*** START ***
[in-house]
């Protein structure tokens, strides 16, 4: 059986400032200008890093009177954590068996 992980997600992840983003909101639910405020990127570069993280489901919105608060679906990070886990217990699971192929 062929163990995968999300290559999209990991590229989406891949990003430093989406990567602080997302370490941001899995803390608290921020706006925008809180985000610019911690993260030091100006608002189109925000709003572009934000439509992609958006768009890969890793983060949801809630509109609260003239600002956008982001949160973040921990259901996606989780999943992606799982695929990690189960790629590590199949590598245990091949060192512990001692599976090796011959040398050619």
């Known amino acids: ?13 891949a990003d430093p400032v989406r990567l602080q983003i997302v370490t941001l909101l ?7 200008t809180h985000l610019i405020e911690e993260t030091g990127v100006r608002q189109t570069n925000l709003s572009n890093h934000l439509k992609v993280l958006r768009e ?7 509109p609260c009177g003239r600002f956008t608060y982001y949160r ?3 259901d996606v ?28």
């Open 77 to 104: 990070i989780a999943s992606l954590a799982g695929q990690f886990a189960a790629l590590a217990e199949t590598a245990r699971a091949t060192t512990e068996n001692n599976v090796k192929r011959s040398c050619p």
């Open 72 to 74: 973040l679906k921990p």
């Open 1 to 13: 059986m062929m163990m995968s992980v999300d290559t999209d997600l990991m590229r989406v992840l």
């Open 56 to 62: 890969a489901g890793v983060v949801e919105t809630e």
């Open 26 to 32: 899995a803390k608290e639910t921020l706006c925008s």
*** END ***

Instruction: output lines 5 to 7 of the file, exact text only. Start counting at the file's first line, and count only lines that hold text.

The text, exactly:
């Open 72 to 74: 973040l679906k921990p």
């Open 1 to 13: 059986m062929m163990m995968s992980v999300d290559t999209d997600l990991m590229r989406v992840l």
């Open 56 to 62: 890969a489901g890793v983060v949801e919105t809630e």